Bishop of that city, b. at Carthage about 534, of a Roman family established in that city; d. at Seville, March 13, 600 or 601
Leander of Seville, Saint, bishop of that city, b. at Carthage about 534, of a Roman family established in that city; d. at Seville, March 13, 600 or 601. Some historians claim that his father Severian was duke or governor of Carthage, but St. Isidore simply states that he was a citizen of that city. The family emigrated from Carthage about 554 and went to Seville. The eminent worth of the children of Severian would seem to indicate that they were reared in distinguished surroundings. Severian had three sons, Leander, Isidore, and Fulgentius, and one daughter, Florentina. St. Leander and St. Isidore both became bishops of Seville; St. Fulgentius, Bishop of Carthagena, and St. Florentina, a nun, who directed forty convents and one thousand nuns. It has been also believed, but wrongly, that Theodosia, another daughter of Severian, became the wife of the Visigothic king, Leovigild. Leander became at first a Benedictine monk, and then in 579 Bishop of Seville. In the meantime he founded a celebrated school, which soon became a center of learning and orthodoxy. He assisted the Princess Ingunthis to convert her husband Hermenegild, the eldest son of Leovigild, and defended the convert against his father's cruel reprisals. In endeavoring to save his country from Arianism, Leander showed himself an orthodox Christian and a far-sighted patriot. Exiled by Leovigild, he withdrew to Byzantium from 579 to 582. It is possible, but not proved, that he sought to rouse the Emperor Tiberius to take up arms against the Arian king: in any case the attempt was without result. He profited, however, by his stay at Byzantium to compose important works against Arianism, and there became acquainted with the future Gregory the Great, then legate of Pelagius II at the Byzantine court. A close friendship thenceforth united the two men, and the correspondence of St. Gregory with St. Leander remains one of the latter's great titles to honor. It is not known exactly when Leander returned from exile. Leovigild put to death his son Hermenegild in 585, and himself died in 589.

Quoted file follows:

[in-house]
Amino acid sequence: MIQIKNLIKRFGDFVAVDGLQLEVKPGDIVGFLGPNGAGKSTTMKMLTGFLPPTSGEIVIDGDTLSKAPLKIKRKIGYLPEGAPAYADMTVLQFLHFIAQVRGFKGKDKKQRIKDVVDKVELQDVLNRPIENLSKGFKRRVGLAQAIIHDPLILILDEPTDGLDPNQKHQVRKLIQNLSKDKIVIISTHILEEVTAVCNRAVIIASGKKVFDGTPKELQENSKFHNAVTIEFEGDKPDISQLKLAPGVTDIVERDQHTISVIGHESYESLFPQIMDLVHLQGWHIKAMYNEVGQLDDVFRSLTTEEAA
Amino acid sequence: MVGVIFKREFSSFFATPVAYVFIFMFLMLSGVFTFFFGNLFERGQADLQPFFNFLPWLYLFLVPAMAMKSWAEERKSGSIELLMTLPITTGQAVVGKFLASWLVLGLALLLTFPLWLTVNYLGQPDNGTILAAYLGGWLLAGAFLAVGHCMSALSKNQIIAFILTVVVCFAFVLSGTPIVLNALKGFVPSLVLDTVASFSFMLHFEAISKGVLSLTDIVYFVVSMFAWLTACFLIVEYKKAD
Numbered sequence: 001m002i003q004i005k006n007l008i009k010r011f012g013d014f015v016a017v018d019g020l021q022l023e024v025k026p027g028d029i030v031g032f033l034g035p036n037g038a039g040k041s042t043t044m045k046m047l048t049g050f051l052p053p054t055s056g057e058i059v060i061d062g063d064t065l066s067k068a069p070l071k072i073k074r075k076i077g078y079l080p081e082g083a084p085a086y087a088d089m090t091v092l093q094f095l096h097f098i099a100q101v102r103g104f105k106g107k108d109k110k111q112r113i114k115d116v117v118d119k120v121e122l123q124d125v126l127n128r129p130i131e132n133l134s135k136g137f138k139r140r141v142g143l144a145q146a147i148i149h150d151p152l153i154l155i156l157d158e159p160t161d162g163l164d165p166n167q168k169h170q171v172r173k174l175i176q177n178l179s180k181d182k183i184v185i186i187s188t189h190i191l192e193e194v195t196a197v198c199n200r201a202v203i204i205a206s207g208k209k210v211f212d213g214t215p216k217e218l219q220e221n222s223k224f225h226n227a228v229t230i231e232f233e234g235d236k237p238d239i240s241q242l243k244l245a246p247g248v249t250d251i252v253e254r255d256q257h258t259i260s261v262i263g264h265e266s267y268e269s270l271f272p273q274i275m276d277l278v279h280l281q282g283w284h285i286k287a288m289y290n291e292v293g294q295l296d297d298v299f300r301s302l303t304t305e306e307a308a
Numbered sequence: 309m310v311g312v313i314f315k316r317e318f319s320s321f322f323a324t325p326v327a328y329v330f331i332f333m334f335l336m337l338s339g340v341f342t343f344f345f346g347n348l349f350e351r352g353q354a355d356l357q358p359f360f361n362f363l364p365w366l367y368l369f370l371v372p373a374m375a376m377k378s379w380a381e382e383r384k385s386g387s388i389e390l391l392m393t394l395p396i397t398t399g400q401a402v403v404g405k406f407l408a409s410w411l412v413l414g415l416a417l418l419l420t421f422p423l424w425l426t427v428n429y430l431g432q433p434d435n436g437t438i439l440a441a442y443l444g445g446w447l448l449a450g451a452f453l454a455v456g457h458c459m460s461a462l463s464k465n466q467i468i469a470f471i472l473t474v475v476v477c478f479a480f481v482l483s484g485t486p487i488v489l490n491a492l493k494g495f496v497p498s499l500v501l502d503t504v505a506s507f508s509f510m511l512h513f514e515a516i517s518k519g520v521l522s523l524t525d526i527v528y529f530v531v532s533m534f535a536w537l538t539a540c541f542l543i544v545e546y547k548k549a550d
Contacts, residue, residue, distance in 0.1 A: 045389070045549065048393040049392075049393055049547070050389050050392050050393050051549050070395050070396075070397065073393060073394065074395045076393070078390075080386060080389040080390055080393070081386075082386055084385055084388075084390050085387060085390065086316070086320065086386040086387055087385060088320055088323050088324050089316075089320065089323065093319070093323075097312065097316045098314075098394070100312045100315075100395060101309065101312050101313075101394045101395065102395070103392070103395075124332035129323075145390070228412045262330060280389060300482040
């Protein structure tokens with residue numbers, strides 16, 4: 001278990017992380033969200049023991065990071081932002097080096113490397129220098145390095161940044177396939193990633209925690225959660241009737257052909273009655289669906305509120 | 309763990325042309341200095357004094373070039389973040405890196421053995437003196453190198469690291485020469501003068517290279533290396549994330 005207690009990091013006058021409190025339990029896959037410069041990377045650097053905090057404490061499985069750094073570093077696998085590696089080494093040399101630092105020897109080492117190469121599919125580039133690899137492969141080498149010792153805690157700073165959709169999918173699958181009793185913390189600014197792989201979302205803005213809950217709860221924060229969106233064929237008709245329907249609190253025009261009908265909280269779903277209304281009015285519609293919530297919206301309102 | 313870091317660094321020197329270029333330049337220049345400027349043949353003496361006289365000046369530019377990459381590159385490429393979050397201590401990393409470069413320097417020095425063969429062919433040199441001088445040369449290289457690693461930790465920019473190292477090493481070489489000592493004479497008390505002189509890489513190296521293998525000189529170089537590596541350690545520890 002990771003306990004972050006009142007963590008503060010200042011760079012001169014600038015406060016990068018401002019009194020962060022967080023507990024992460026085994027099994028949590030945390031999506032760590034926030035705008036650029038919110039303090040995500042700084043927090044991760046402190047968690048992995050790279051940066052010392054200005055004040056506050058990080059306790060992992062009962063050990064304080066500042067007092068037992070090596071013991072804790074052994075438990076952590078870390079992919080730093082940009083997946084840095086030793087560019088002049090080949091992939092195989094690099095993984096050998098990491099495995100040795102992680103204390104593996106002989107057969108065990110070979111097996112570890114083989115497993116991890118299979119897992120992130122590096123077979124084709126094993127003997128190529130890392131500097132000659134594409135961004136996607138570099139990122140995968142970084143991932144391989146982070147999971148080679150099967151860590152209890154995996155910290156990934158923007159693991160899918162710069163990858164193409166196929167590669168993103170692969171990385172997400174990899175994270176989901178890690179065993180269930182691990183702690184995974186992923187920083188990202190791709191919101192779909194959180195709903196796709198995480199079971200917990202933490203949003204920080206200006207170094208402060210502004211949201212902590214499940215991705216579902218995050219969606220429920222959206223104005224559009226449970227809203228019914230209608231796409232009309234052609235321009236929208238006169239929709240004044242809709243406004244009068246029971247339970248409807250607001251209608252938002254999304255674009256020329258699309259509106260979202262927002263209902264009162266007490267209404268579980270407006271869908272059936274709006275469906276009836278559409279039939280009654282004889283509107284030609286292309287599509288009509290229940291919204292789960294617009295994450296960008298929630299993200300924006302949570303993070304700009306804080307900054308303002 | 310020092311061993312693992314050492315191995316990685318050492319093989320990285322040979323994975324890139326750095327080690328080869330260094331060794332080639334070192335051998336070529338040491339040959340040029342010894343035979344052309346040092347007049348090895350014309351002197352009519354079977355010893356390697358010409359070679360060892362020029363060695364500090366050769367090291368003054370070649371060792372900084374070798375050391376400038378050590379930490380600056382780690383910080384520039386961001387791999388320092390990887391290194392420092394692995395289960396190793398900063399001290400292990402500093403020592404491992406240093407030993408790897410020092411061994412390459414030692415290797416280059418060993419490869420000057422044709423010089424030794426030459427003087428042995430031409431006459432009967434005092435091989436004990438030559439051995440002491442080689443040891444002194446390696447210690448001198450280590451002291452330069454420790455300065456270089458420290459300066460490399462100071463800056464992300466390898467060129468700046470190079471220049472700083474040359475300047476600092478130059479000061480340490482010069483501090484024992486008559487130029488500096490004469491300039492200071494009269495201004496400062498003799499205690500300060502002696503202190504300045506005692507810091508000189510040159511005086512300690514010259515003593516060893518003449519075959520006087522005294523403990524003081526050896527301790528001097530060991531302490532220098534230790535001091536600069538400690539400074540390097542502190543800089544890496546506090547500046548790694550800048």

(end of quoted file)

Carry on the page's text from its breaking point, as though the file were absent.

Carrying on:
In this decisive hour for the future of Spain, Leander did most to ensure the religious unity, the fervent faith, and the broad culture on which was based its later greatness. He had a share in the conversion of Reccared, and never ceased to exercise over him a deep and beneficial influence. At the Third Council of Toledo, where Visigothic Spain abjured Arianism, Leander delivered the closing sermon. On his return from this council, Leander convened an important synod in his metropolitan city of Seville (Conc. Hisp., I), and never afterwards ceased his efforts to consolidate the work, in which his brother and successor St. Isidore was to follow him. Leander received the pallium in August, 599. There remain unfortunately of this writer, superior to his brother Isidore, only two works: "De institutione virginum et contemptu mundi", a monastic rule composed for his sister, and "Homilia de triumpho ecclesiae ob conversionem Gothorum" (P.L., LXXII). St. Isidore wrote of his brother: "This man of suave eloquence and eminent talent shone as brightly by his virtues as by his doctrine. By his faith and zeal the Gothic people have been converted from Arianism to the Catholic faith" (De script. eccles., xxviii).